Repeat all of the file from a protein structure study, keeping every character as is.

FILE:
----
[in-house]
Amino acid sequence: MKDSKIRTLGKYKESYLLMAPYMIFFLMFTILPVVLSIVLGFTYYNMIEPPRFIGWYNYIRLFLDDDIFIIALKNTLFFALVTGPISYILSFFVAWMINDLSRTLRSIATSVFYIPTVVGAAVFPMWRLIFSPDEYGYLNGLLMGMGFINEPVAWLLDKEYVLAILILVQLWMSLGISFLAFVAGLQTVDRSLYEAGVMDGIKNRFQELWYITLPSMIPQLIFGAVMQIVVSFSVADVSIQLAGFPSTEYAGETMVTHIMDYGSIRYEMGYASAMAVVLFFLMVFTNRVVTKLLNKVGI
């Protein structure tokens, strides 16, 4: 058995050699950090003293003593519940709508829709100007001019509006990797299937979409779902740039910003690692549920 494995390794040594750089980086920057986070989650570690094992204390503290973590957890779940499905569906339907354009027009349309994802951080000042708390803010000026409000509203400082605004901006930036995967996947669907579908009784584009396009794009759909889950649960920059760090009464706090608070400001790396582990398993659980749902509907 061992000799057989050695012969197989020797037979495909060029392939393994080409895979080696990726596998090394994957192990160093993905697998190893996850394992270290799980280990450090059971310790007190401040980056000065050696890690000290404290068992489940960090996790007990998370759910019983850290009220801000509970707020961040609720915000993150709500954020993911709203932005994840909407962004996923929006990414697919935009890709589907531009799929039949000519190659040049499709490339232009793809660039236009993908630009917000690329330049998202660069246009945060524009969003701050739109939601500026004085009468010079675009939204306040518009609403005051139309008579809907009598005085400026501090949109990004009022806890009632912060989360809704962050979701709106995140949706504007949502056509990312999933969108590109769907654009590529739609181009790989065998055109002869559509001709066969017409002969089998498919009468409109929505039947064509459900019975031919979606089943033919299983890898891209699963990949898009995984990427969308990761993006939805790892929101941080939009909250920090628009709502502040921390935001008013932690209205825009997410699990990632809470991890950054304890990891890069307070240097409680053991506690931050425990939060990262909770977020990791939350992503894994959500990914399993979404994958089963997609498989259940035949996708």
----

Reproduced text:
[in-house]
Amino acid sequence: MKDSKIRTLGKYKESYLLMAPYMIFFLMFTILPVVLSIVLGFTYYNMIEPPRFIGWYNYIRLFLDDDIFIIALKNTLFFALVTGPISYILSFFVAWMINDLSRTLRSIATSVFYIPTVVGAAVFPMWRLIFSPDEYGYLNGLLMGMGFINEPVAWLLDKEYVLAILILVQLWMSLGISFLAFVAGLQTVDRSLYEAGVMDGIKNRFQELWYITLPSMIPQLIFGAVMQIVVSFSVADVSIQLAGFPSTEYAGETMVTHIMDYGSIRYEMGYASAMAVVLFFLMVFTNRVVTKLLNKVGI
């Protein structure tokens, strides 16, 4: 058995050699950090003293003593519940709508829709100007001019509006990797299937979409779902740039910003690692549920 494995390794040594750089980086920057986070989650570690094992204390503290973590957890779940499905569906339907354009027009349309994802951080000042708390803010000026409000509203400082605004901006930036995967996947669907579908009784584009396009794009759909889950649960920059760090009464706090608070400001790396582990398993659980749902509907 061992000799057989050695012969197989020797037979495909060029392939393994080409895979080696990726596998090394994957192990160093993905697998190893996850394992270290799980280990450090059971310790007190401040980056000065050696890690000290404290068992489940960090996790007990998370759910019983850290009220801000509970707020961040609720915000993150709500954020993911709203932005994840909407962004996923929006990414697919935009890709589907531009799929039949000519190659040049499709490339232009793809660039236009993908630009917000690329330049998202660069246009945060524009969003701050739109939601500026004085009468010079675009939204306040518009609403005051139309008579809907009598005085400026501090949109990004009022806890009632912060989360809704962050979701709106995140949706504007949502056509990312999933969108590109769907654009590529739609181009790989065998055109002869559509001709066969017409002969089998498919009468409109929505039947064509459900019975031919979606089943033919299983890898891209699963990949898009995984990427969308990761993006939805790892929101941080939009909250920090628009709502502040921390935001008013932690209205825009997410699990990632809470991890950054304890990891890069307070240097409680053991506690931050425990939060990262909770977020990791939350992503894994959500990914399993979404994958089963997609498989259940035949996708």